There’s no immediate evidence that Musk bought his stake in the company to settle some kind of culture-war grievance, but that only raises an even larger question…
What does Elon want from Twitter?
This is the core question that’s been building since the news of Elon’s billion-dollar stock buy broke last week. We still don’t really know why Elon bought such a large stake in Twitter or what he wants from the company. If he just wanted a say in how Twitter manages its platform, then board membership makes sense. But being a board member also comes with restrictions — there are limitations on how much stock Musk can own and what he can say, springing from a broader duty to act in the best interests of shareholders. If he wanted to muscle the company into a radically different moderation approach, then the restrictions of board membership could have outweighed the benefits.
The question is particularly urgent if Musk simply wants to take over Twitter entirely. Any time a rich person buys a significant stake in a company, there’s always a risk of a hostile takeover — and with Jack Dorsey out and activist investors turning up the heat, Twitter is particularly vulnerable. Musk is no stranger to this kind of financial power play, from his contentious relationship with Tesla’s founders to Tesla’s 2016 acquisition of SolarCity. And in strictly financial terms, he has enough money to buy the company six times over. If he wants to take over, he can probably do it.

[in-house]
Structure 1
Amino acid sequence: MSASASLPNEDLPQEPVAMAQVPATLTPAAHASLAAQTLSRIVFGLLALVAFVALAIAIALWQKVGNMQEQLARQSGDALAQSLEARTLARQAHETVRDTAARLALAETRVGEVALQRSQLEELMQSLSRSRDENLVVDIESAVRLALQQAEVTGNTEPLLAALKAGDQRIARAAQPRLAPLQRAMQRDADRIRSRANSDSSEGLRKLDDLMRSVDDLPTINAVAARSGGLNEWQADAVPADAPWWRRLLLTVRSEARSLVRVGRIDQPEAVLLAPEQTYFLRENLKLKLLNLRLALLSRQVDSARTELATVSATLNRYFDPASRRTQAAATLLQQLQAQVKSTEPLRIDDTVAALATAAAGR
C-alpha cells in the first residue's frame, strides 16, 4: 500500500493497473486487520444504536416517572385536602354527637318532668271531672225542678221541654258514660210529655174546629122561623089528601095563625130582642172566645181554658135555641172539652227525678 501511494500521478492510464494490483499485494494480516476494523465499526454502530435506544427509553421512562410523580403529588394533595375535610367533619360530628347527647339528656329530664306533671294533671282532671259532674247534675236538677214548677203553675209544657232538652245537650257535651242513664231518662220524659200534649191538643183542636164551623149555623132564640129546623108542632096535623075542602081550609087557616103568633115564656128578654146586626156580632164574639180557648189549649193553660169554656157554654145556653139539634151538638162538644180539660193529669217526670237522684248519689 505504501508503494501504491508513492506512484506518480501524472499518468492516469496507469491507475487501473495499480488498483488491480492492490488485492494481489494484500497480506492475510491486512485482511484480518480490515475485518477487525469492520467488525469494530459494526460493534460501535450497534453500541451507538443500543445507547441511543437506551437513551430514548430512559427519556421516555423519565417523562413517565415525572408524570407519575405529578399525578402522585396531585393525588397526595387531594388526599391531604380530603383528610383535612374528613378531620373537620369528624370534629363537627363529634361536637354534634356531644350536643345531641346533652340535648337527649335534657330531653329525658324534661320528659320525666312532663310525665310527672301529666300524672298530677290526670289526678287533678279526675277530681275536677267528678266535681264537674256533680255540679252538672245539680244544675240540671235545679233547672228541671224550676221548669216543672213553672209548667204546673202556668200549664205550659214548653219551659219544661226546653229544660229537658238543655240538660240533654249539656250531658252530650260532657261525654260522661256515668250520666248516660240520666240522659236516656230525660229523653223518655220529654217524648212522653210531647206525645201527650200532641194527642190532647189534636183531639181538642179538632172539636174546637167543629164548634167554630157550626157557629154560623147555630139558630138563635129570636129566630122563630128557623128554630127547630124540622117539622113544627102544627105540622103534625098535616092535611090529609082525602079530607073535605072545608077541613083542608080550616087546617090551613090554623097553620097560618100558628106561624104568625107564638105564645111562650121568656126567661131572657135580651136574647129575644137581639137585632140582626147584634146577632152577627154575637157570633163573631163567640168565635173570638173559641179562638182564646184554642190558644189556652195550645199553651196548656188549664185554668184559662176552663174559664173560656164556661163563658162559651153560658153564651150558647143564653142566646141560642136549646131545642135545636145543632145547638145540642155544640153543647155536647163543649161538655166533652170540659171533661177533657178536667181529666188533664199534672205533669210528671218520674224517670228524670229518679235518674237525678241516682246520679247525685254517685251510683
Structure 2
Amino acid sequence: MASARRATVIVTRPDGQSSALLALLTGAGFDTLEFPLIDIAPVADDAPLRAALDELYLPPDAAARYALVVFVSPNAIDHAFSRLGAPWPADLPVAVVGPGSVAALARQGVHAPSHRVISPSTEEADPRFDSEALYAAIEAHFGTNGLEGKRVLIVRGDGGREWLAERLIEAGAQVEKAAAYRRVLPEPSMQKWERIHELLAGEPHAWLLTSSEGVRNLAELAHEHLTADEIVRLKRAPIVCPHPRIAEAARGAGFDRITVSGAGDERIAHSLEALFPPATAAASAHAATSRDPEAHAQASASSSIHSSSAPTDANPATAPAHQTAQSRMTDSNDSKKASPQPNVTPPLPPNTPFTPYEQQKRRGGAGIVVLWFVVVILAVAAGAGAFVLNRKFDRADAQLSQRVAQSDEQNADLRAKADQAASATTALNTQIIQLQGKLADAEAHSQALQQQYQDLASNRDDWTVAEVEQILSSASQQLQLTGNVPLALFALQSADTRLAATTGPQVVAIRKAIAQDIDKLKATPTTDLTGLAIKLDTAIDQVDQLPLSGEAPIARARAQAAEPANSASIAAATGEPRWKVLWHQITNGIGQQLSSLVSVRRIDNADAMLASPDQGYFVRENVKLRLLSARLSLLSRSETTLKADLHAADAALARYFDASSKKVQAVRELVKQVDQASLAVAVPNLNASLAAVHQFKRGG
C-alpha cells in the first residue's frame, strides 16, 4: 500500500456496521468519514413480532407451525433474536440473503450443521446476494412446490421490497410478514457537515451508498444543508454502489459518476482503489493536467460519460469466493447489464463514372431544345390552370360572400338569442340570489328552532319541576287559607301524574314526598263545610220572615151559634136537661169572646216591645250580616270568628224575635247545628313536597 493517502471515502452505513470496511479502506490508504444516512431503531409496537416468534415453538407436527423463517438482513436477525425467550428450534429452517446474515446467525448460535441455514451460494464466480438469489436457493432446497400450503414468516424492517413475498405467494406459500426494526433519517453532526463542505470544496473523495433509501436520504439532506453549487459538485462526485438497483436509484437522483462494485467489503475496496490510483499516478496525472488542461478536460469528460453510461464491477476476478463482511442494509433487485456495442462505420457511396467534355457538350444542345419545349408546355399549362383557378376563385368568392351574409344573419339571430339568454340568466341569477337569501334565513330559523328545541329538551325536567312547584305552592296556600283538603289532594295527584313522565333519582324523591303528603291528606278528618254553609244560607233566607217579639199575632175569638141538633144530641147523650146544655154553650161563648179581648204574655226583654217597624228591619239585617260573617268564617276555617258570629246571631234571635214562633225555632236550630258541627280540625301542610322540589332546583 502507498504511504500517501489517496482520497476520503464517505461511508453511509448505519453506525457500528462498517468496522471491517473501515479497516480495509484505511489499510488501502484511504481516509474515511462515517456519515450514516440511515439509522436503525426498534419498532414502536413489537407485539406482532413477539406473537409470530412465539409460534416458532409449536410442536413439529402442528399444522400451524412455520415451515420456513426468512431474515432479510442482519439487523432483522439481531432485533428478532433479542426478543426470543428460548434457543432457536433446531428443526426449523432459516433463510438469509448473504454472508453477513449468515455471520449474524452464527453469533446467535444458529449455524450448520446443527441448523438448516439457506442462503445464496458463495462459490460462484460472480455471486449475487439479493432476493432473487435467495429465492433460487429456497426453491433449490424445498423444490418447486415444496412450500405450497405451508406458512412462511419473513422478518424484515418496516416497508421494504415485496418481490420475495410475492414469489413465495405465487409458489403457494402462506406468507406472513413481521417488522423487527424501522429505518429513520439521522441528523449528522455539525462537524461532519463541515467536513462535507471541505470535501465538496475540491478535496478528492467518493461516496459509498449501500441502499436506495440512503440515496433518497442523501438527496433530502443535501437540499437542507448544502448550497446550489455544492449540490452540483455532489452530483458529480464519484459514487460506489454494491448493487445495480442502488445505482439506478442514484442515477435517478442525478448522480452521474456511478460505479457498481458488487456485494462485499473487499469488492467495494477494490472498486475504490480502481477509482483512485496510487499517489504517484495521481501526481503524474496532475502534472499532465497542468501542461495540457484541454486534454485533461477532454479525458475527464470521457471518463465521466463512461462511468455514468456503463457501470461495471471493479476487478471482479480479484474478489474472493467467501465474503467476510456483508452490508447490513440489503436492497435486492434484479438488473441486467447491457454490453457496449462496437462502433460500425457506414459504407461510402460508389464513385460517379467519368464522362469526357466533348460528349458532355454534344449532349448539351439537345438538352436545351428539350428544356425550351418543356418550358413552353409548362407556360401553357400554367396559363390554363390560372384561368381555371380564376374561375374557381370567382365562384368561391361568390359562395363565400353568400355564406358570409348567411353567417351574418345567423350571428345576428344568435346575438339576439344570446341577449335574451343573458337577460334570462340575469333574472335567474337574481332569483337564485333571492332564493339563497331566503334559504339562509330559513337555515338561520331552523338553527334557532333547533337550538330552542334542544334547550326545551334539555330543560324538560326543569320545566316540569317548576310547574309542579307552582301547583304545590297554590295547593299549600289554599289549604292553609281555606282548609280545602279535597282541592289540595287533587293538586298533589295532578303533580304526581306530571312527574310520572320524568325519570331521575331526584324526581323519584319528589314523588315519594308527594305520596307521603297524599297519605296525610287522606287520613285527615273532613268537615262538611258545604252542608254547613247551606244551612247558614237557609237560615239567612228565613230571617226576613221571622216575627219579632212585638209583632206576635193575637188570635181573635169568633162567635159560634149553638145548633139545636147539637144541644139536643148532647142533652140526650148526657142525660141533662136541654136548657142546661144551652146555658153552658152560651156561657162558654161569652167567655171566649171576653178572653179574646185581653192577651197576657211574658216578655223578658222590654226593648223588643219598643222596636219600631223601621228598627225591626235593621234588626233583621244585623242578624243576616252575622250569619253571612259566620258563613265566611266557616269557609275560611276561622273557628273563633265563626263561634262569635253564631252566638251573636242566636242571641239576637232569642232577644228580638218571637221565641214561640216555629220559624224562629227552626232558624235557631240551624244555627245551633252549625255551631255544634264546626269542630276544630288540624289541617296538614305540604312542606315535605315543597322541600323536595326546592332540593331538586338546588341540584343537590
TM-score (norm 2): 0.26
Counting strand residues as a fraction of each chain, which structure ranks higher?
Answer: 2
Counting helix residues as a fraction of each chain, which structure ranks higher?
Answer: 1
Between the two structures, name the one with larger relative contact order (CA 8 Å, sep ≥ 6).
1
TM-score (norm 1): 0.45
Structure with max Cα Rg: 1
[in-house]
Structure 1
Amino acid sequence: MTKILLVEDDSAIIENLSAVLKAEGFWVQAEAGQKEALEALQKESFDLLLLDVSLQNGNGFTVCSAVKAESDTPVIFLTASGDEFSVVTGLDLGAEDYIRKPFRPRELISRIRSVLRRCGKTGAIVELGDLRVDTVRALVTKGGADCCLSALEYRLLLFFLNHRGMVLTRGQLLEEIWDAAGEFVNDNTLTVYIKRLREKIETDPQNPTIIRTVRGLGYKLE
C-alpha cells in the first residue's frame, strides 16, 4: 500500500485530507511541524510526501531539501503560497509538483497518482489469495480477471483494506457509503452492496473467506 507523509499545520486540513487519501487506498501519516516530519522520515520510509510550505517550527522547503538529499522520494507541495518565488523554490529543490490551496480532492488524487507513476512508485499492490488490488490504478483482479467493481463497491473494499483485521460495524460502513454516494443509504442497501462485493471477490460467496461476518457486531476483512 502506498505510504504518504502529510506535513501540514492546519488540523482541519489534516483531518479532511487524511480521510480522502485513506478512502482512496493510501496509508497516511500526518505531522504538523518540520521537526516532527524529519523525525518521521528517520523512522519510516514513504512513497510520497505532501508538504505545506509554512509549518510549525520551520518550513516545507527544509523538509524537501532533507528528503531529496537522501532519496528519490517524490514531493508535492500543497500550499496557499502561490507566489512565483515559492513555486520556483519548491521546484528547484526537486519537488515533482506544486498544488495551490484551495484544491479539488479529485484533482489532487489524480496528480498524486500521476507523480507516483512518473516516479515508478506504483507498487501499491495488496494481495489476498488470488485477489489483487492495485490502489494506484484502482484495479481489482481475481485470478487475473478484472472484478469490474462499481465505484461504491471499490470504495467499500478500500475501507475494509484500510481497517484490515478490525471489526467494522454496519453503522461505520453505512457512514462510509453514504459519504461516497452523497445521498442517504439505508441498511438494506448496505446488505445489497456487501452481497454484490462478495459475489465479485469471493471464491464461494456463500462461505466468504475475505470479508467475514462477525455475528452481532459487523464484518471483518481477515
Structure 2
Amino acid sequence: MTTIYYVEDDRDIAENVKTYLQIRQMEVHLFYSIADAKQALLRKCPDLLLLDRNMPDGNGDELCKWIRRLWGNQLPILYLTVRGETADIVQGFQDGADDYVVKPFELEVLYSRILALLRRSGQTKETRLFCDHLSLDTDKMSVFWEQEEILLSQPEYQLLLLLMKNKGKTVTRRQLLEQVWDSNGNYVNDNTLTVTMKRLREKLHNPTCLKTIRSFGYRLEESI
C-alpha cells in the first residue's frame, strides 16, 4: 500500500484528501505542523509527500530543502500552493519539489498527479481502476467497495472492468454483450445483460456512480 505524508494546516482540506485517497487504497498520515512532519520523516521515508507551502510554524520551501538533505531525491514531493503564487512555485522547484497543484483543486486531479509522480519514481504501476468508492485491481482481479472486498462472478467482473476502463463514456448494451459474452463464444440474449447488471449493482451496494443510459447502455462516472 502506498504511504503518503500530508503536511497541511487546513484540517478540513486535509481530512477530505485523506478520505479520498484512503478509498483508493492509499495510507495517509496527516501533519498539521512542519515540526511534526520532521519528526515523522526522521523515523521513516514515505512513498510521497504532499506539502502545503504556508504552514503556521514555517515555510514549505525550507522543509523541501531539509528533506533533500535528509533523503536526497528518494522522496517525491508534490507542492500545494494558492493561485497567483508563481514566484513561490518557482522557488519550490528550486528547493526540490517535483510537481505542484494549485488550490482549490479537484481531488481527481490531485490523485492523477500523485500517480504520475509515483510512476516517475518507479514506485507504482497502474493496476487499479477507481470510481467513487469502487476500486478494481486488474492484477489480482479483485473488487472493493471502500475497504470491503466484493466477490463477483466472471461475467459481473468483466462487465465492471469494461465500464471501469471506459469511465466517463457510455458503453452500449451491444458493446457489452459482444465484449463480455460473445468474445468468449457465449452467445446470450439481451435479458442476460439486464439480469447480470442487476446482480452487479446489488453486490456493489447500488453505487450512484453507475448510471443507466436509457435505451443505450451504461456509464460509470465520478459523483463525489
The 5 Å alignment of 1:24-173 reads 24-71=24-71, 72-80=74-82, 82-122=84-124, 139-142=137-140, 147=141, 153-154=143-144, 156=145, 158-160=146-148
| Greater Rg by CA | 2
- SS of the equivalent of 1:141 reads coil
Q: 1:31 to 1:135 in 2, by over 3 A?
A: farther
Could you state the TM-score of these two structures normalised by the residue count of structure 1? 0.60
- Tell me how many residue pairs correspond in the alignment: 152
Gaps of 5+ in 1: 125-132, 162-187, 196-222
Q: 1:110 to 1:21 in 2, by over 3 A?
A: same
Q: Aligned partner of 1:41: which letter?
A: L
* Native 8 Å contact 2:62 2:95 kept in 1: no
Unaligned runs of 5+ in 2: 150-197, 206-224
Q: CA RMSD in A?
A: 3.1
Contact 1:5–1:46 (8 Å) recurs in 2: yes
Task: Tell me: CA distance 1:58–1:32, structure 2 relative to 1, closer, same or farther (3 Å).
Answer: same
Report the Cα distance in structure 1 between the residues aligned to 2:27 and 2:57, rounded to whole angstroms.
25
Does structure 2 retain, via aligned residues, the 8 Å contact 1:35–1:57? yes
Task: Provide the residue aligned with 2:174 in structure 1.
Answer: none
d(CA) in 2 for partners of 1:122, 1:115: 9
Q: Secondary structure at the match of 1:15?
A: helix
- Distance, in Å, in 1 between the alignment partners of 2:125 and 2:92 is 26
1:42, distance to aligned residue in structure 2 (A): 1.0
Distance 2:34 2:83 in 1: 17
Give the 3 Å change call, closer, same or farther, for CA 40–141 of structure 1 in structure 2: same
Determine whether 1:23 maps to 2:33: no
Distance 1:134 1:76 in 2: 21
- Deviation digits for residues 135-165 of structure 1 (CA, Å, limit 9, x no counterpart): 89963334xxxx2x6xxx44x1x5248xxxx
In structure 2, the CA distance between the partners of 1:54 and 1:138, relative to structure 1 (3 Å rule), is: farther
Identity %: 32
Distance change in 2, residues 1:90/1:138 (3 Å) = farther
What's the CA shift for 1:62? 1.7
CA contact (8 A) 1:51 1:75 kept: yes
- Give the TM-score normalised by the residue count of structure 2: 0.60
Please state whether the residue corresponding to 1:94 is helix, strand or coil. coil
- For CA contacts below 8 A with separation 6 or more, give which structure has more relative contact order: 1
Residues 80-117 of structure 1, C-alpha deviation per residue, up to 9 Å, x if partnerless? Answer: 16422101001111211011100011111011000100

There are important material reasons why Musk might not want to do this. He’s already CEO of two companies and in leadership roles at three more. Twitter doesn’t fit with his usual brand of ambitious engineering projects, and it’s not a particularly safe bet financially. Musk’s public statements through the whole affair have been so chaotic that it’s hard to say what his plan is or if he even has one. The same day the board membership fell through, Musk was tweeting that the company headquarters should be converted to a homeless shelter. The next day, he said the company should “delete the w in Twitter.” (Both tweets have since been deleted.) In public, he seems more interested in tweeting than running the company — but it’s hard to be sure.
What happens next?
Elon isn’t joining Twitter’s board, but with a 9 percent stake in the company, he’s still going to be a massively powerful voice in its future. The fact that he’s not on the board means he’s likely to exercise that power in public, whether through more financial moves or more heated criticism of the company’s choices. As Musk’s ongoing war with the SEC shows, he’s not shy about public statements that will produce wild swings in the value of a company. If he left the last week feeling put out, he’ll have lots of chances to even the score.